A strong political dispensation in Bangladesh is good for India, especially when headed by a person who cooperates with New Delhi

by Seshadri Chari

The resounding victory of Bangladesh’s Awami League for the fourth consecutive time—making its leader Sheikh Hasina prime minister for a fourth term—is a definite stamp on her capacity to balance developmental programs and shrewd politics. New Delhi should move fast to consolidate its position and utilise Dhaka’s political stability to its best advantage.

Seventy-one-year-old Sheikh Hasina’s fourth term as Prime Minister of Bangladesh comes amidst a mixed bag of spectacular victory and allegations of massive rigging, intimidation of opposition party workers and widespread violence.

Unlike the previous election, the opposition Bangladesh Nationalist Party (BNP) took part in polls this time but was virtually decimated, winning just less than twenty odd seats. BNP spokespersons have claimed that many of its candidates were arrested during the election process on frivolous charges, and its leader Khaleda Zia was slapped with corruption charges and made to serve a seventeen-year jail term.

The Sheikh Hasina government has been accused of adopting a highly authoritarian posture and stifling the opposition with an iron hand.

It has reportedly spent about $13.9 million on a project to monitor social media, ostensibly to keep a check on terror activities but in effect, the social media watch turned out to be a tool to control anti-government voices. In 2004, the government had formed the Rapid Action Battalion (RAB) to combat increasing Islamic radicalisation and suspected ISI activities.

During the initial years, the RAB did manage to neutralise suspected terrorist sleeper cells and radical activists. But gradually, the RAB became a force in itself turning out to be a moral and religious policing unit functioning more like a ‘death squad’. Many BNP leaders were allegedly hounded out of their homes and offices especially in rural areas. Opposition leaders also pointed out the anomalies in the Digital Security Act which was used to muzzle the press while the government claimed it was meant to prevent misuse of social media by anti-social elements.

Meanwhile, the European Union had decided not to send election observers. Though budgetary constraints were cited as the main reason, the security concerns of observers are said to be the real reason.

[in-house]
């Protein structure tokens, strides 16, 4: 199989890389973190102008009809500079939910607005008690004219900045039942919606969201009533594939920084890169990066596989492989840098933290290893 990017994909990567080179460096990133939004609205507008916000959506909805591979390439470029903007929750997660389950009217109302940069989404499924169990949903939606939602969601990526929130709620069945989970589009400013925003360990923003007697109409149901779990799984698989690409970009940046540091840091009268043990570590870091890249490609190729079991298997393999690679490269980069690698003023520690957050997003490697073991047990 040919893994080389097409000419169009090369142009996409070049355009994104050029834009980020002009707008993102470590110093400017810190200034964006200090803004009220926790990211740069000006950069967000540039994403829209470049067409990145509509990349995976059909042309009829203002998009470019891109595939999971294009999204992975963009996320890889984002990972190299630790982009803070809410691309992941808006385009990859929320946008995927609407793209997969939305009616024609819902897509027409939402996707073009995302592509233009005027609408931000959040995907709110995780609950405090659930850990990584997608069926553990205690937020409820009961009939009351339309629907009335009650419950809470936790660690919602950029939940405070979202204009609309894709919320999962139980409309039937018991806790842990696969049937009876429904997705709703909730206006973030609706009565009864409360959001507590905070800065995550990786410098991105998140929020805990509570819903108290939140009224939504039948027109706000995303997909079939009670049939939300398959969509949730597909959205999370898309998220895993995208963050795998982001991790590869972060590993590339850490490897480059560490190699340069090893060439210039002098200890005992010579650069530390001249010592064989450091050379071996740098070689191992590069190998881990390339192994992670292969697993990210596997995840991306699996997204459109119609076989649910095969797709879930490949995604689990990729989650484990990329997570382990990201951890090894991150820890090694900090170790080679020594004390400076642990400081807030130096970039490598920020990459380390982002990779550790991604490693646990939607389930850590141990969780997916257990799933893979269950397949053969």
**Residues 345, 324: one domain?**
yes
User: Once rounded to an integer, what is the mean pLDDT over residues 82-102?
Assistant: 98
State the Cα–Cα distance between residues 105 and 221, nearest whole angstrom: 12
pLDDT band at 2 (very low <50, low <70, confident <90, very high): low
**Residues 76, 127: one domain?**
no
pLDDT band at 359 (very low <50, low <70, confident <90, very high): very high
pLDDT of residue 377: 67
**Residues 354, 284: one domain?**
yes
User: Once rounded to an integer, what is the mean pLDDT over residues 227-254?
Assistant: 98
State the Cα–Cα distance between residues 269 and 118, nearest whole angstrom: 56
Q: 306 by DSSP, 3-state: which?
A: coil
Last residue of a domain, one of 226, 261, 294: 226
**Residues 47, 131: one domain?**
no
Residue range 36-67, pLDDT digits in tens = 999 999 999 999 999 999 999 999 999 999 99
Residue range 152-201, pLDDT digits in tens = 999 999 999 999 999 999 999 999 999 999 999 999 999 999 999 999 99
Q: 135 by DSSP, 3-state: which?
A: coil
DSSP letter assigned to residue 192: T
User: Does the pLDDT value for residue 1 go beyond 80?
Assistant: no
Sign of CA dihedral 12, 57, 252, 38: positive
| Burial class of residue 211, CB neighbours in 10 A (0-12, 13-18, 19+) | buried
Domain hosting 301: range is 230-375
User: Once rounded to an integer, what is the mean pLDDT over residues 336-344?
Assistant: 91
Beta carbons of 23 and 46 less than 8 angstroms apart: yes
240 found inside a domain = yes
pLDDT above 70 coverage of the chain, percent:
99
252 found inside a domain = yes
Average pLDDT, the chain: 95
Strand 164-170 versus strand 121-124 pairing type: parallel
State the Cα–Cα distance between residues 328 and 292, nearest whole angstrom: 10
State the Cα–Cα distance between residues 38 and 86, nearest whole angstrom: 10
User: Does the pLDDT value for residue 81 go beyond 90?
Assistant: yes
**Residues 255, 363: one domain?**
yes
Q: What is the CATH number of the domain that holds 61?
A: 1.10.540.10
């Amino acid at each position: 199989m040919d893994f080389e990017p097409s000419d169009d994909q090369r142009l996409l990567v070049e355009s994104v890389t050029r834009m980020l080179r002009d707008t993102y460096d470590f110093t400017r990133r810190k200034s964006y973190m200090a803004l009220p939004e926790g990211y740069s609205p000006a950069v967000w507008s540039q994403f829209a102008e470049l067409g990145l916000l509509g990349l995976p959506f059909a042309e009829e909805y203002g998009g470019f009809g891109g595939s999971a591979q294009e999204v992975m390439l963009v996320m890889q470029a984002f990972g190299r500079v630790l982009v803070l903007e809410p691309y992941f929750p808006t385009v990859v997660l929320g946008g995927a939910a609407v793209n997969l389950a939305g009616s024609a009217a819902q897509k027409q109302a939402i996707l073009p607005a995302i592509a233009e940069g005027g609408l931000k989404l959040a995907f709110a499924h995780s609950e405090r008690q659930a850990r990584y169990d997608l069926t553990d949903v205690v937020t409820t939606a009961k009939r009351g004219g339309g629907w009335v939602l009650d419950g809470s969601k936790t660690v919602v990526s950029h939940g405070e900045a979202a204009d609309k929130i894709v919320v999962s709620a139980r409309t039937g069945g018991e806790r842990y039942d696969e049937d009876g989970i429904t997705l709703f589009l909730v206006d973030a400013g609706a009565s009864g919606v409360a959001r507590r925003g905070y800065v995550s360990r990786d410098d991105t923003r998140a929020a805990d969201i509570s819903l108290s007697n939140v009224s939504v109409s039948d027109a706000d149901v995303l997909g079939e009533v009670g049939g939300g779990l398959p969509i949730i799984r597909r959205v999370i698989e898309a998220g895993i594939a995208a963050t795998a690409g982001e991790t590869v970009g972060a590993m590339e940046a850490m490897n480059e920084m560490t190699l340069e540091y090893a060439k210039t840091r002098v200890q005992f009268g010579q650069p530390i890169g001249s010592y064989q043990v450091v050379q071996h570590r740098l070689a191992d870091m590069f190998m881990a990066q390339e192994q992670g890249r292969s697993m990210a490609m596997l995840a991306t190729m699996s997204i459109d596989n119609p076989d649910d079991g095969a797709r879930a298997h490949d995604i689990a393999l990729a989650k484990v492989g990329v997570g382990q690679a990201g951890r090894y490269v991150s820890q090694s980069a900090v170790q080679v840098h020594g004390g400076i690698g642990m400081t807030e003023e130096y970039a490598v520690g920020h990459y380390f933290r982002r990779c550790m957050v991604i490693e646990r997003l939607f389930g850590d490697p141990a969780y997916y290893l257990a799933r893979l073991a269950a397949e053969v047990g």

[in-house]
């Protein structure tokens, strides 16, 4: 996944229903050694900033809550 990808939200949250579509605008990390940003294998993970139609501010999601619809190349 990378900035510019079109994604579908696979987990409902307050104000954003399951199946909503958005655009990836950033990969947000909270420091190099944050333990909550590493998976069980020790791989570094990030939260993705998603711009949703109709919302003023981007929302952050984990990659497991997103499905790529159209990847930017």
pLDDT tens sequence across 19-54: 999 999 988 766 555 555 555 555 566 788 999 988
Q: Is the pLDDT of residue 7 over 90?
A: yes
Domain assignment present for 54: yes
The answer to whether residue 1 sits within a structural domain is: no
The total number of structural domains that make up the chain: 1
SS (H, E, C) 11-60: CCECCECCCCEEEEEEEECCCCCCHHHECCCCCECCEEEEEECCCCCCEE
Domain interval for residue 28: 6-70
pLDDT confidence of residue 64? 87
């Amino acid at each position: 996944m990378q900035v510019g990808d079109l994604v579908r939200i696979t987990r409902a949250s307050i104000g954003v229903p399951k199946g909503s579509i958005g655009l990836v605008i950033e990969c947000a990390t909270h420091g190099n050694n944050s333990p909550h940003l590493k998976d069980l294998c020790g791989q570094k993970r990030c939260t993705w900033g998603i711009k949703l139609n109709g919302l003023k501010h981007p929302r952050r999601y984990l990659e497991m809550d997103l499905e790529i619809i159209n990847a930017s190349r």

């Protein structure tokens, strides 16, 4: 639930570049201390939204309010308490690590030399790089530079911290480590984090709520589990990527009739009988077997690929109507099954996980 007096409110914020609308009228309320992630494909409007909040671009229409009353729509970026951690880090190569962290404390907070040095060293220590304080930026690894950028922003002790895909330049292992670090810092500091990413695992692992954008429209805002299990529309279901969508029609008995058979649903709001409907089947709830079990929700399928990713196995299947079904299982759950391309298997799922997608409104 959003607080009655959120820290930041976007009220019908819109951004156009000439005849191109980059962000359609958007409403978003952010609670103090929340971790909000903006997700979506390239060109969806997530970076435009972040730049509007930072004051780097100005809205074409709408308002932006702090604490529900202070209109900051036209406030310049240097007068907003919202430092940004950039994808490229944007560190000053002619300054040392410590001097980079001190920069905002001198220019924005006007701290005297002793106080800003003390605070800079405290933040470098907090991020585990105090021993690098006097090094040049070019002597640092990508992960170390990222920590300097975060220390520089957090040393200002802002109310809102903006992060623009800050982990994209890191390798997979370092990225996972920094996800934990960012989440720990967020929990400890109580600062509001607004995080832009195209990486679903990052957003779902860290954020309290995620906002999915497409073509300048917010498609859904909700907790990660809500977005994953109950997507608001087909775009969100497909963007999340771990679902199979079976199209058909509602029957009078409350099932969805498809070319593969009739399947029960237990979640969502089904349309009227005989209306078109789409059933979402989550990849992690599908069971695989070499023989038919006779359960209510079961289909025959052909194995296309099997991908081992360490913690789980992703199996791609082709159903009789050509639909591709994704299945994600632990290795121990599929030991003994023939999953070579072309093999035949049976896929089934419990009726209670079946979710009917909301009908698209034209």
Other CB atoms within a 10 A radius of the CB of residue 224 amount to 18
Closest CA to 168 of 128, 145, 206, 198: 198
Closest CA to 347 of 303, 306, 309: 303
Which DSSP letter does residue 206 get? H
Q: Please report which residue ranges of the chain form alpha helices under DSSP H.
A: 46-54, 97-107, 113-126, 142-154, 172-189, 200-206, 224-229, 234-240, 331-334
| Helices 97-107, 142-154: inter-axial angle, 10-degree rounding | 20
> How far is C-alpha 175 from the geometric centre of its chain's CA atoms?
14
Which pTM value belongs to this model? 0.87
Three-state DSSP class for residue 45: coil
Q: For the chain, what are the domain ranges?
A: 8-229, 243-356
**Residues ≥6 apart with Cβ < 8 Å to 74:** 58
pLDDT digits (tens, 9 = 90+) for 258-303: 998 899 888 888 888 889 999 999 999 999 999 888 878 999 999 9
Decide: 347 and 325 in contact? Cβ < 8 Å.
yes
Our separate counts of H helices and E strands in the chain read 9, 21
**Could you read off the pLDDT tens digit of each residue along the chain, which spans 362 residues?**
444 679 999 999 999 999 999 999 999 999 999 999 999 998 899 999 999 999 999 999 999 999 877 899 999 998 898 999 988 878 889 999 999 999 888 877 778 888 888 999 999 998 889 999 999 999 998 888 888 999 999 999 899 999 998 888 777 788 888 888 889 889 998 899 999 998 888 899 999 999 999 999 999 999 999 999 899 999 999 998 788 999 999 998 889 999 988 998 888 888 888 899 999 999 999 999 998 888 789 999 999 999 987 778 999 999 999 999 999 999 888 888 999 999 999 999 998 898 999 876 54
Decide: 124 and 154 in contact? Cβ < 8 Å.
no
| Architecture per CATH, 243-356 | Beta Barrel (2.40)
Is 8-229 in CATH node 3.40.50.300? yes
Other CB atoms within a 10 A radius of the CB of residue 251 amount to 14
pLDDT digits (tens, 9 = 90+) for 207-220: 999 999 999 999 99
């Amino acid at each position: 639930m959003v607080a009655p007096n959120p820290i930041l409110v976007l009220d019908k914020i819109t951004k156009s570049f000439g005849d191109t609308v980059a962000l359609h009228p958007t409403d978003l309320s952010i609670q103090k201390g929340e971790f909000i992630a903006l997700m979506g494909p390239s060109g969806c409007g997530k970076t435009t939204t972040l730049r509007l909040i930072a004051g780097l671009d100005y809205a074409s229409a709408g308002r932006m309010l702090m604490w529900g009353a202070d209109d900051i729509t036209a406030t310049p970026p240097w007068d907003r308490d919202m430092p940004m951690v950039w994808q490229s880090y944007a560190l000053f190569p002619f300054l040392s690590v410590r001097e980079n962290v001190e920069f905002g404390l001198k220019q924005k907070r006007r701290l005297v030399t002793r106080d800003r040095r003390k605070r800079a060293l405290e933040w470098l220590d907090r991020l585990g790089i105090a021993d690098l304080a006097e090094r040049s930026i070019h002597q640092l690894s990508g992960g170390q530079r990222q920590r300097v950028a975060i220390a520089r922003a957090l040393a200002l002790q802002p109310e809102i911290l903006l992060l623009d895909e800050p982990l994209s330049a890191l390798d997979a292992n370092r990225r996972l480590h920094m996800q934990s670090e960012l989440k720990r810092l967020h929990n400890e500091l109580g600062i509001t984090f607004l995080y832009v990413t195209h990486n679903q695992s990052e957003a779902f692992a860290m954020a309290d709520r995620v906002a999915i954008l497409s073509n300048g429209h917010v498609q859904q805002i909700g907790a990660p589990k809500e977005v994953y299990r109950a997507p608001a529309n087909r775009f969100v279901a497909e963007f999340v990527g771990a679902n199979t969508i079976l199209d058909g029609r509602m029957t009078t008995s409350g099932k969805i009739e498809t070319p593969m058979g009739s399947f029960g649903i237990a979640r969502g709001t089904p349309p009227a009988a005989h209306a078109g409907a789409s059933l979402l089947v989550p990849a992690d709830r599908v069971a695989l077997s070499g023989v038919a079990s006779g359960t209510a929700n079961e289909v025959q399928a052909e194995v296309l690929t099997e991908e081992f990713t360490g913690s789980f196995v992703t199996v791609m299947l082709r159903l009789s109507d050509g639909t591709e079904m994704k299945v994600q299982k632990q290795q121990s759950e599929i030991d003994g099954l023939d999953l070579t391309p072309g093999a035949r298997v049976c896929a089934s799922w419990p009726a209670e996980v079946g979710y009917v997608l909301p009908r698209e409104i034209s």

But now, after elections, the EU spokesperson has referred to the ‘significant obstacles’ to a level-playing field resulting in tainting the electoral campaign and the vote.

Besides the EU, the US and the UK have also called for an independent probe into allegations of rigging and widespread violence during the run-up to the elections.

While the institutional memories of the 1971 liberation war remain intact in Dhaka and New Delhi, both countries have a new generation that looks far beyond 1971 and the assassination of Sheikh Mujibur Rehman in 1975.

To India’s Advantage

A strong political dispensation in Bangladesh is good for India, especially when headed by a person determined to fight terrorism and cooperate with New Delhi on issues affecting insurgency and nefarious cross-border activities.

The internal security agencies in India had to work overtime to counter the threats posed by insurgency during the BNP rule from 2001 to 2006. With Sheikh Hasina’s Awami League in the saddle in Dhaka, the border is comparatively safe and secure. Meanwhile, a section of BNP’s leadership is said to have moved away from Islamic fundamentalist elements but still remain suspect in the eyes of our agencies. This has given Sheikh Hasina the much needed electoral edge over her political rival Khaleda Zia.

But in its endeavour to keep her in power—to the advantage of border security—New Delhi is faced with the growing Chinese influence in the territory of India’s eastern ally, and the Eastern entry point to the Indian Ocean besides Gwadar in the West. Bangladesh is part of Beijing’s One Belt One Road Initiative (OBOR)and has approached China with new projects like the Chittagong-Kunming road link.

Besides bilateral agreements, China is giving Bangladesh eight projects worth about $9.45 billion, including the Padma River Bridge, the Payra Power Plant and partnering in Chittagong-based blue water economic projects.

The Kunming Initiative of 1999, later changed to China-Bangladesh-India-Myanmar Economic Corridor (BCIM-EC), has been overshadowed by the OBOR and massive aid-related projects by Beijing. China’s sale of two Ming-Class submarines to Dhaka and other naval and military cooperation as part of a ‘strategic partnership’ has added a military dimension to economic cooperation.

Not to be outdone, India offered Dhaka a $1 billion soft loans in 2010 and 2014, and the Modi government, in 2017, announced a $5 billion aid—of which $500 million would be used for procuring defence equipment.

New Delhi can ill-afford the loss of its strategic space in Bangladesh in the ensuing balance of power contest in the region where it is in direct competition with China, and negotiating cooperation.

Given the Geo-Strategic importance of Bangladesh, like Sri Lanka, India needs to turn challenges into opportunities and increase its footprint in the country through extensive commercial, security and strategic initiatives.

Besides being the gateway to the Indian Ocean, Bangladesh is important for the success of Prime Minister Modi’s Look East, Act East initiative.

The author is the former editor of ‘Organiser’